Reaper of Souls First Look: Westmarch Level Design


Hot on the heals of their historical look at DiabloWikiWestmarch yesterday Blizzard have shared insight into the design processes when creating a new area.

 

There was a time when DiabloWikiWestmarch was a lively, vibrant city. Now, an unnatural chill hangs over the sprawling mass of Gothic architecture, and the unmistakable stench of decay chokes its few remaining survivors.

Take a trip with us through Reaper of Souls’s first zone and peer behind the scenes at our design team’s process in putting together the gloom and eeriness of a city under Death’s siege.

Westmarch, Interrupted

When discussing Westmarch, we’ve often referred to it as the site of a “haunted apocalypse.” What was once a bustling metropolis and the military capital of the west has now been reduced to something of a wasteland, its previous grandeur (and population) gutted by Malthael’s vile, soul-pillaging minions. The elegant Western European and Gothic themes, upon which this city draws heavily, are now juxtaposed by the stomach-knotting dread that only the Angel of Death and his agents can bring.

WestMarch_01_thumb.jpg WestMarch_02_thumb.jpg

Don’t expect Westmarch to be a simple palette of browns, blacks, and grays, though. More than a swatch of colors was considered when crafting this locale. Creating a truly dark and foreboding city requires evoking an emotional atmosphere, and you’ll feel the burden of that weight as you brave the dangers wrought by Maltheal’s reapers.

The Lay of the Land

Picture the fog-laden cobblestone streets of London in the 1800’s, in the midst of England’s Gothic revival. The rows upon rows of buildings tightly packed together, occasionally punctuated with small, dilapidated shops and sprawling passageways. The rotting clotheslines hung precariously between shingled rooftops and grimy windows, heavy with freshly-washed laundry. Or the pools of fetid water flooded with animal waste and discarded trash stagnating in neglected gutters and potholes, ideal breeding grounds for unspeakable plague.

That foreboding feeling, a setting where Jack the Ripper or Mr. Hyde might seem perfectly at home, is what you can expect as you navigate the winding, narrow alleyways and broad town squares of Westmarch. Our artists and designers worked to further this sense of dread and doom by leaving visual breadcrumbs of Malthael’s presense, covering the city in a blue-green haze and littering its byways with freshly-reaped corpses. To give Westmarch a more worn-torn, apocalyptic feel, they also peppered the landscape with tattered remnants of failed defenses (smashed bulwarks, supply carts, and spiked blockades, for example) and emptied the city of its living denizens, replacing them with animated constructs—all macabre reminders of the slaughter that has occurred.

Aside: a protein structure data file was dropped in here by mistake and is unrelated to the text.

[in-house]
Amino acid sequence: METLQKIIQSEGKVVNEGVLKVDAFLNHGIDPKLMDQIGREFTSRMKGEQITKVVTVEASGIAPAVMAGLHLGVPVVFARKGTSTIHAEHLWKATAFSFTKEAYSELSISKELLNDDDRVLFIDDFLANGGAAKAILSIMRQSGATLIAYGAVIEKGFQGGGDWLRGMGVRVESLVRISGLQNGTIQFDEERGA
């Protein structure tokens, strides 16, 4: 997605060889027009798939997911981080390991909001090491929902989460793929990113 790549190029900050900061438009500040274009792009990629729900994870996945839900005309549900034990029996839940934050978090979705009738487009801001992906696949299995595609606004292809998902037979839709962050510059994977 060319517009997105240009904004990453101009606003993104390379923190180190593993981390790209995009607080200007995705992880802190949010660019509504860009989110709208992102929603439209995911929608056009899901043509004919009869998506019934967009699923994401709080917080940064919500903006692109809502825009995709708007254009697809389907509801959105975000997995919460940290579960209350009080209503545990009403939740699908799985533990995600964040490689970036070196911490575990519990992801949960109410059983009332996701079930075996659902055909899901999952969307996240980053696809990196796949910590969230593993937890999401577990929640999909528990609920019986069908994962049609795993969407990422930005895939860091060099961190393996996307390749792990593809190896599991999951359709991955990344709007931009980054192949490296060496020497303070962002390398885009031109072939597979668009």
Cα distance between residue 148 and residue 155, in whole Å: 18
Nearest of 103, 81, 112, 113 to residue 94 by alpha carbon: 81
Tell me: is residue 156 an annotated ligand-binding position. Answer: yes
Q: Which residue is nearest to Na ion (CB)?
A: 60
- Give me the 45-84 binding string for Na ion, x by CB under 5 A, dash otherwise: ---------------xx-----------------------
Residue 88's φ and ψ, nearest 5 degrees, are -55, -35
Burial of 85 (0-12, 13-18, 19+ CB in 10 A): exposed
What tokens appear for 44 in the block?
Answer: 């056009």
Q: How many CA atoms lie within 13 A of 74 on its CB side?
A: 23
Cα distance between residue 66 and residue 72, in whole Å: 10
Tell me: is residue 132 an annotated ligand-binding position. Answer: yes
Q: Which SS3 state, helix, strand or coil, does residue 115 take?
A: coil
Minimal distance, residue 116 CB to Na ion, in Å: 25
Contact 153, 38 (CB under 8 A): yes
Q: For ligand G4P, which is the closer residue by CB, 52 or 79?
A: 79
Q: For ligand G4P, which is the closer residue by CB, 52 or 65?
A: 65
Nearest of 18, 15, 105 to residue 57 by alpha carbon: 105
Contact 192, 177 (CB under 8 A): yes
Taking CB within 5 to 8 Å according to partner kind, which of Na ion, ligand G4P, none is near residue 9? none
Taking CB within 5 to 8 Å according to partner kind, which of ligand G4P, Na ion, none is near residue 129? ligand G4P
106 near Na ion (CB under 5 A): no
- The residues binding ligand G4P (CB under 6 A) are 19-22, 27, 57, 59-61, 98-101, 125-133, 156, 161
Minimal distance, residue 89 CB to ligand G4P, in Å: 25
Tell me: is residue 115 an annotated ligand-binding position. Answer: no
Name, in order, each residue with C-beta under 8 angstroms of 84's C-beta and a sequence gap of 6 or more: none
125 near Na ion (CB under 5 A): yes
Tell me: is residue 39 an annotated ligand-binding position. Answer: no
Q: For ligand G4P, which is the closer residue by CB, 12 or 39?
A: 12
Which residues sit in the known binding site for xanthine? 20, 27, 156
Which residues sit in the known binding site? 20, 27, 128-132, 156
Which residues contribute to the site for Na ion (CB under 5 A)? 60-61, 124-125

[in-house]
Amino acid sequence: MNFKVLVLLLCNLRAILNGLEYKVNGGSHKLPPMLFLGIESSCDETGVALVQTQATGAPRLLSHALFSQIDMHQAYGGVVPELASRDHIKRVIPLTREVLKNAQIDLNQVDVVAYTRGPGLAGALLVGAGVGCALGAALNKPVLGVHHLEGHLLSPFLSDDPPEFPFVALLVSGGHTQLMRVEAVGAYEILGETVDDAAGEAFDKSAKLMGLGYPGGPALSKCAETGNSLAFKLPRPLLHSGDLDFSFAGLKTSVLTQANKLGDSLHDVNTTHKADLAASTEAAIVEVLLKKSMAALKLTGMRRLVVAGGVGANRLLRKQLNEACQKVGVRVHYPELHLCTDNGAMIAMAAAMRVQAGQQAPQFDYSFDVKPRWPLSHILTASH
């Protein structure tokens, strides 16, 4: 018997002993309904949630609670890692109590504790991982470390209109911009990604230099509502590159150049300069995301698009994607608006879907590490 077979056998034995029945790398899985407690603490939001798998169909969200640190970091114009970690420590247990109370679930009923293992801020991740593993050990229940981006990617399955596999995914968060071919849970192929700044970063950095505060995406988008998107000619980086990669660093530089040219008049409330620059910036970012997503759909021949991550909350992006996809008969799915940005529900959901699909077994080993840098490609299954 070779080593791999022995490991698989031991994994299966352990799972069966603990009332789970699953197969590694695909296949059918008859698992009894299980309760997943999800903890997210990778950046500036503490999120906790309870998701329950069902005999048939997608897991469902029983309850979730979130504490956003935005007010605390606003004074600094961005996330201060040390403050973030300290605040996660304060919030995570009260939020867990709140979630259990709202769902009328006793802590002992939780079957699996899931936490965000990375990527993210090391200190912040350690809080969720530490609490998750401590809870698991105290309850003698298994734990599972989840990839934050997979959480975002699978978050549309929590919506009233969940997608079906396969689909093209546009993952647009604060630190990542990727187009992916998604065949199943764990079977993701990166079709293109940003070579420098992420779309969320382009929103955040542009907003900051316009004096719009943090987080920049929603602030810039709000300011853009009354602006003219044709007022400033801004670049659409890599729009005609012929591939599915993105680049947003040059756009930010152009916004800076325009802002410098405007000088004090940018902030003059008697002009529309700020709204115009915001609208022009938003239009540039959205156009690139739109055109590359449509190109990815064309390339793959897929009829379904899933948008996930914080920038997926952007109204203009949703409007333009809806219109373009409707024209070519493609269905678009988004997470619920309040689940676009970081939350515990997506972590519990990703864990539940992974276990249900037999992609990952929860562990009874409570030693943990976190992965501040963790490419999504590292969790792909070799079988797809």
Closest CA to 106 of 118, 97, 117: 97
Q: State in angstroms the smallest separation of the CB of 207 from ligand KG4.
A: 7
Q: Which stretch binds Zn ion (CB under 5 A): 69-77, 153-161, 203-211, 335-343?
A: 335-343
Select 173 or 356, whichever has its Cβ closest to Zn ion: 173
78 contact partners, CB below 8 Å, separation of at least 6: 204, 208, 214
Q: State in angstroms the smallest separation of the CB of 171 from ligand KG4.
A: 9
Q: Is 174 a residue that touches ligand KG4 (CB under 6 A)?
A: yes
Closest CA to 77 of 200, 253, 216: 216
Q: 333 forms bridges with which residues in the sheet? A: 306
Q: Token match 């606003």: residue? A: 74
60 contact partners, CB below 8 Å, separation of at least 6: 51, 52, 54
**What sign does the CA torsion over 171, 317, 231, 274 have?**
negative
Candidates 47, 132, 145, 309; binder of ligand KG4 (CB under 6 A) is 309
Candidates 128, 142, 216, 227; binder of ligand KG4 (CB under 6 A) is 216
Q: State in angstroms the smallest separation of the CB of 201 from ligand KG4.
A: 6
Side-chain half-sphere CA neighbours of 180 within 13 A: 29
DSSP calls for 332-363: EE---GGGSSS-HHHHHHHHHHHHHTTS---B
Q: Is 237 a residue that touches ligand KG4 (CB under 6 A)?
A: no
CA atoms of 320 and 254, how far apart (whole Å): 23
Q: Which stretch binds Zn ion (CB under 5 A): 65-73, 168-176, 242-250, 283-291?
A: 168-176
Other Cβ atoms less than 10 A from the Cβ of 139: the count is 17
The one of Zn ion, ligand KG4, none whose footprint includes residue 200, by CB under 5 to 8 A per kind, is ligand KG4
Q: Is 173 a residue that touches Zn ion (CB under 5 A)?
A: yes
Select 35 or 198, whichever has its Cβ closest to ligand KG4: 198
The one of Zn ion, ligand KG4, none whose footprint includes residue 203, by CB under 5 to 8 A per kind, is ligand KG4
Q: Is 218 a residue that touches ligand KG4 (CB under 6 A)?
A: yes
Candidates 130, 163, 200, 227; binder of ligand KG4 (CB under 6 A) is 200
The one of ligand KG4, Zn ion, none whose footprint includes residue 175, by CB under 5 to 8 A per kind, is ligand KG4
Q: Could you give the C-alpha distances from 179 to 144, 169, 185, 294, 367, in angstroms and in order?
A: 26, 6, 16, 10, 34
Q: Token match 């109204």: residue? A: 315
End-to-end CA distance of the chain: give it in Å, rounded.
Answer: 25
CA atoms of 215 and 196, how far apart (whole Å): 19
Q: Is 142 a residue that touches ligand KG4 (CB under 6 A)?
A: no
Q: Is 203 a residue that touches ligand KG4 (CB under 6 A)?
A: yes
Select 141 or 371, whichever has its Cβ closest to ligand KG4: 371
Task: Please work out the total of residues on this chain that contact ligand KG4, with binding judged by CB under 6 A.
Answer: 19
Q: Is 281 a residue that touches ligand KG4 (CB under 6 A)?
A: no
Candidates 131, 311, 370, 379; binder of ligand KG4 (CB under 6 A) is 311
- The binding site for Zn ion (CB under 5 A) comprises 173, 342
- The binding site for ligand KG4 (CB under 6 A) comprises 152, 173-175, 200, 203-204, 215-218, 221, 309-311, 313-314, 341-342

Westmarch%20Chapel%204_thumb.jpgWestmarch%20Walk-Up_thumb1.jpgWestmarch%20Street%201_thumb1.jpg Westmarch%20Corpse%20Blanket_thumb1.jpg

A Welcomed Reprieve:

The inspiration of this Gothic age does not stop there, however. The Survivor’s Enclave, the artisan and quest hub for Act V located in the heart of Westmarch, was designed to be a place where the remaining citizens could feel safe as they seek refuge from Malthael’s army, and also a location where the nephalem can rest and regroup.

Settled atop a hill overlooking the city, this cathedral square has been modeled after a real world locale in Toledo, Spain. As a densely packed city originally built in the 13th century, its large cloister safeguarded by soaring towers seemed to fit the safe haven tone just right.